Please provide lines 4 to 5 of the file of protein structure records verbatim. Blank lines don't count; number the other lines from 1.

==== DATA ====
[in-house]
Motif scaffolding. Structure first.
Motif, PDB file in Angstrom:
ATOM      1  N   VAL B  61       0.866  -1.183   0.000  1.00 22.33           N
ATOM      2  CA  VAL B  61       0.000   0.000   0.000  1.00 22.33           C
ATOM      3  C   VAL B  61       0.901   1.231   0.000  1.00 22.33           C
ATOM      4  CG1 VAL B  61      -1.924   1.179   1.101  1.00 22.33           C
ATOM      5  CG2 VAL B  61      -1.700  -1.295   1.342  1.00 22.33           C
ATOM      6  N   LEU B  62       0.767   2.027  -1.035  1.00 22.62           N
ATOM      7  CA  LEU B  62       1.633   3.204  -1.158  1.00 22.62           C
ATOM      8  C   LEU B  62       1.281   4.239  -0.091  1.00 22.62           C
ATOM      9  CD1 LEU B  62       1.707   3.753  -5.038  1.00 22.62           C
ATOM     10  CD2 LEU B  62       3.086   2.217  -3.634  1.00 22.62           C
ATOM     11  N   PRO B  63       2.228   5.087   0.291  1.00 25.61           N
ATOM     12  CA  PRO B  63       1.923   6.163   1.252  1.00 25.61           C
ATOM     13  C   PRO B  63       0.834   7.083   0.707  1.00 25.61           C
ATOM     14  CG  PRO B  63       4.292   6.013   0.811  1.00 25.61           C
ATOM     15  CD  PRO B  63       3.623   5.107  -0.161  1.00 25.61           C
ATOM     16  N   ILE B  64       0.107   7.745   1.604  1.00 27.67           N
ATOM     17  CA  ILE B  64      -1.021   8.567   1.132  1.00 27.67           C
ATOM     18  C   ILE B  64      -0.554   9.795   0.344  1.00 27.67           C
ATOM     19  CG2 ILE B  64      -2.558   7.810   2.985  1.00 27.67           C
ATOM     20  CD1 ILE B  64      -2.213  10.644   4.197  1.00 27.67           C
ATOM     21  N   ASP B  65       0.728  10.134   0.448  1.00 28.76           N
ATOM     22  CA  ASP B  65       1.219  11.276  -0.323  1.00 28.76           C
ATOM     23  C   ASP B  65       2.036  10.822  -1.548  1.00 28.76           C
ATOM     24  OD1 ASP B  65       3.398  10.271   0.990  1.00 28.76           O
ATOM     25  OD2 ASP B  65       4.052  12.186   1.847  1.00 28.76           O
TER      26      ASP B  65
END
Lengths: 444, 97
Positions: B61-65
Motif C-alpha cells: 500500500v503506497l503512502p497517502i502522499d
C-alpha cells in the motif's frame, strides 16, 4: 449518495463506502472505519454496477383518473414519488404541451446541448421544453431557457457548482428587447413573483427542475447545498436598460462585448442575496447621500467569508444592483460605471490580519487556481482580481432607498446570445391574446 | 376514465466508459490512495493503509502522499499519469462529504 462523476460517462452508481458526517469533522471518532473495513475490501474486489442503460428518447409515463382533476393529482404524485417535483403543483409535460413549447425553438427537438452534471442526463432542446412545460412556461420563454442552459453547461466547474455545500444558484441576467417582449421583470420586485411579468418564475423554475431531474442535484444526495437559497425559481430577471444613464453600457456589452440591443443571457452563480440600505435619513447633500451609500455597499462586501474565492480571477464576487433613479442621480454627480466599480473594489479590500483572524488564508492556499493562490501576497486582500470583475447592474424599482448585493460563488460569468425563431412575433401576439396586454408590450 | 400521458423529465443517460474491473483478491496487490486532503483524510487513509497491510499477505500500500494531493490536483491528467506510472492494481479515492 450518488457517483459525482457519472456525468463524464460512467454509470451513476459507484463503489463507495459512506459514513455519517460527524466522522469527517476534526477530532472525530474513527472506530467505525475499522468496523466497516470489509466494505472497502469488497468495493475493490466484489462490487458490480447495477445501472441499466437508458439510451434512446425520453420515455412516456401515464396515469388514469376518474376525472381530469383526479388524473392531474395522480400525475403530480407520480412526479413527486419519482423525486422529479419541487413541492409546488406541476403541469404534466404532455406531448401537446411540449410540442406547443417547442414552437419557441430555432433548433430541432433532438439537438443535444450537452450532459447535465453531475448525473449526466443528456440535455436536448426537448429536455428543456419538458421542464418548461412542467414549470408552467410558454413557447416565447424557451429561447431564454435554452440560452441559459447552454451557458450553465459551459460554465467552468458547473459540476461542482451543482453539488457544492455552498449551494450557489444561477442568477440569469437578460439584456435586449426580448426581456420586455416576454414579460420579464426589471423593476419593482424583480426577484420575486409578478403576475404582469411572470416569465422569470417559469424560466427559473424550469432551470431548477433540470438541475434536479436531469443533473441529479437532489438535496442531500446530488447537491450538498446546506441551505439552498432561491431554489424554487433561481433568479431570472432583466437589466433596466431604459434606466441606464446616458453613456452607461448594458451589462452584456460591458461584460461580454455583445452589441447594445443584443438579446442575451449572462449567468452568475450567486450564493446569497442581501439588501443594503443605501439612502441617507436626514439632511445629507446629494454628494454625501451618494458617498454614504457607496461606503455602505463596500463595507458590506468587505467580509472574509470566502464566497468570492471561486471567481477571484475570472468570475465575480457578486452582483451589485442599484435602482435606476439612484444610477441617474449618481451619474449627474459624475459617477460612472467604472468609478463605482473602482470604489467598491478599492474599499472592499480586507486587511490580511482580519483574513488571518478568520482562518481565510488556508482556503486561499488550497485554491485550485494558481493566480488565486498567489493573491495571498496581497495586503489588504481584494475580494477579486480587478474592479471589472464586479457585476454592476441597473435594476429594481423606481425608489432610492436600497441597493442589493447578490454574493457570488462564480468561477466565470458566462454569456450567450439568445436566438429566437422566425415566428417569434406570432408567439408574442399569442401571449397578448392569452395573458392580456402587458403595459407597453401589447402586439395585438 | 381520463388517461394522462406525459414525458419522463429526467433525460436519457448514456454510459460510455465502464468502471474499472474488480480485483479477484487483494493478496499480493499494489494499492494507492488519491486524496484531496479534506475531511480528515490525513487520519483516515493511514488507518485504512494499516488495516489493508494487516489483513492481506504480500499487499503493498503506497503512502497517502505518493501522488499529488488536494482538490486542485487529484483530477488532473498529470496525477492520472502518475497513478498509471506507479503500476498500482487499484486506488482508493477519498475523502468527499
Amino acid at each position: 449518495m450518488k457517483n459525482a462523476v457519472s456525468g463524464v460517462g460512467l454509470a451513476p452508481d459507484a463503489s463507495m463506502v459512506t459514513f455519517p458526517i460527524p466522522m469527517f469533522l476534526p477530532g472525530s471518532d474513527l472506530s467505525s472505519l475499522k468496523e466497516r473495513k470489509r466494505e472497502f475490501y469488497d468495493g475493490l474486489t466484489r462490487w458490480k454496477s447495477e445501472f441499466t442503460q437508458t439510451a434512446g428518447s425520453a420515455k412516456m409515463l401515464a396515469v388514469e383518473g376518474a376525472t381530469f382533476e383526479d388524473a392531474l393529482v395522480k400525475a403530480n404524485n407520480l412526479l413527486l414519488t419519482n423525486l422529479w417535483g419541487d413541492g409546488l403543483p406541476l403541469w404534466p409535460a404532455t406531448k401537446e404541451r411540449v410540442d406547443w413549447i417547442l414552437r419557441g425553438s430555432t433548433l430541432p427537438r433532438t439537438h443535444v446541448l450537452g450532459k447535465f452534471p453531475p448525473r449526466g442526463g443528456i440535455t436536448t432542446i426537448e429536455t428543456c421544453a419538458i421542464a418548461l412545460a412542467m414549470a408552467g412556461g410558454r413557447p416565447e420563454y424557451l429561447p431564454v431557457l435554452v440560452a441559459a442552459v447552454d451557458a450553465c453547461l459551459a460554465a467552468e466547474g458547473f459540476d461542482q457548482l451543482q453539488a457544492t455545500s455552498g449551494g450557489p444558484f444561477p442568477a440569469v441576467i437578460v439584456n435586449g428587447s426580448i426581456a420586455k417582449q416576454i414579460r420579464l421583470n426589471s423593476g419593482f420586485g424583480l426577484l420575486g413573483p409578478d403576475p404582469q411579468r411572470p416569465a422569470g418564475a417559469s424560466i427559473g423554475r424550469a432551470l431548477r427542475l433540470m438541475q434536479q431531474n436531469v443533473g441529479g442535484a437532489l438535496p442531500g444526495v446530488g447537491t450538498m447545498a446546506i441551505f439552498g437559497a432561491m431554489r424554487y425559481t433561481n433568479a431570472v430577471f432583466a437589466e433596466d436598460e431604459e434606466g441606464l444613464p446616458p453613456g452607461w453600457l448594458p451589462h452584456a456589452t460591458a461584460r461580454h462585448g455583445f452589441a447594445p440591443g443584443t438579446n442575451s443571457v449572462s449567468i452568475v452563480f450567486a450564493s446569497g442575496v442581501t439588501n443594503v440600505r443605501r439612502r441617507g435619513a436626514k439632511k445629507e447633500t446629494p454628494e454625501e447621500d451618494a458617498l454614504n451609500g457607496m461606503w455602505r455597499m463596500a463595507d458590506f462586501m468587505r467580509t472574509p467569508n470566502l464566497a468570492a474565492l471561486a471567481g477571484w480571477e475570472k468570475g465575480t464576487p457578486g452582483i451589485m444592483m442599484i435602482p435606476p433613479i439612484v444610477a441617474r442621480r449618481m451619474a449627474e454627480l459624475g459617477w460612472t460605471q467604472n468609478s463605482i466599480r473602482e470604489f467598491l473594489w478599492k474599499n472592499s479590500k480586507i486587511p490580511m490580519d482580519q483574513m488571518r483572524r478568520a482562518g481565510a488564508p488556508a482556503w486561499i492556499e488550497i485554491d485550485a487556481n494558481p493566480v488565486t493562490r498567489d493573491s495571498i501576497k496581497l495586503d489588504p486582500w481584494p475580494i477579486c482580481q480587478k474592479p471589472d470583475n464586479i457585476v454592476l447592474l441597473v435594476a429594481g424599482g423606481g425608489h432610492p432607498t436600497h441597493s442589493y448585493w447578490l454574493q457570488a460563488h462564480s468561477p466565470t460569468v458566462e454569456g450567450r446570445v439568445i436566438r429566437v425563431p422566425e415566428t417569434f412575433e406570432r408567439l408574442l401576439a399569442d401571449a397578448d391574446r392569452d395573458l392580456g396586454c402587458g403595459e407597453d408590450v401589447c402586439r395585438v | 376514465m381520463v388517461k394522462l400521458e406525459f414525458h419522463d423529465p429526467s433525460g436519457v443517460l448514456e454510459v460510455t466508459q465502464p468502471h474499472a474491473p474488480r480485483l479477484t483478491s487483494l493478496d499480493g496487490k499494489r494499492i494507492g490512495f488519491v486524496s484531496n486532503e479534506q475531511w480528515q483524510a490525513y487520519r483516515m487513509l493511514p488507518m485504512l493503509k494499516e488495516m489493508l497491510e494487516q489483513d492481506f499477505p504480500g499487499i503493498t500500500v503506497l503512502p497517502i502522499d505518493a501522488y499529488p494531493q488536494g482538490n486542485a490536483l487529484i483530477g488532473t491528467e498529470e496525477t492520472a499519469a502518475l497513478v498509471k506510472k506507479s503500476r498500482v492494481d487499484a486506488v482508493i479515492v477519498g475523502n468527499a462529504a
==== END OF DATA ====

ATOM      1  N   VAL B  61       0.866  -1.183   0.000  1.00 22.33           N
ATOM      2  CA  VAL B  61       0.000   0.000   0.000  1.00 22.33           C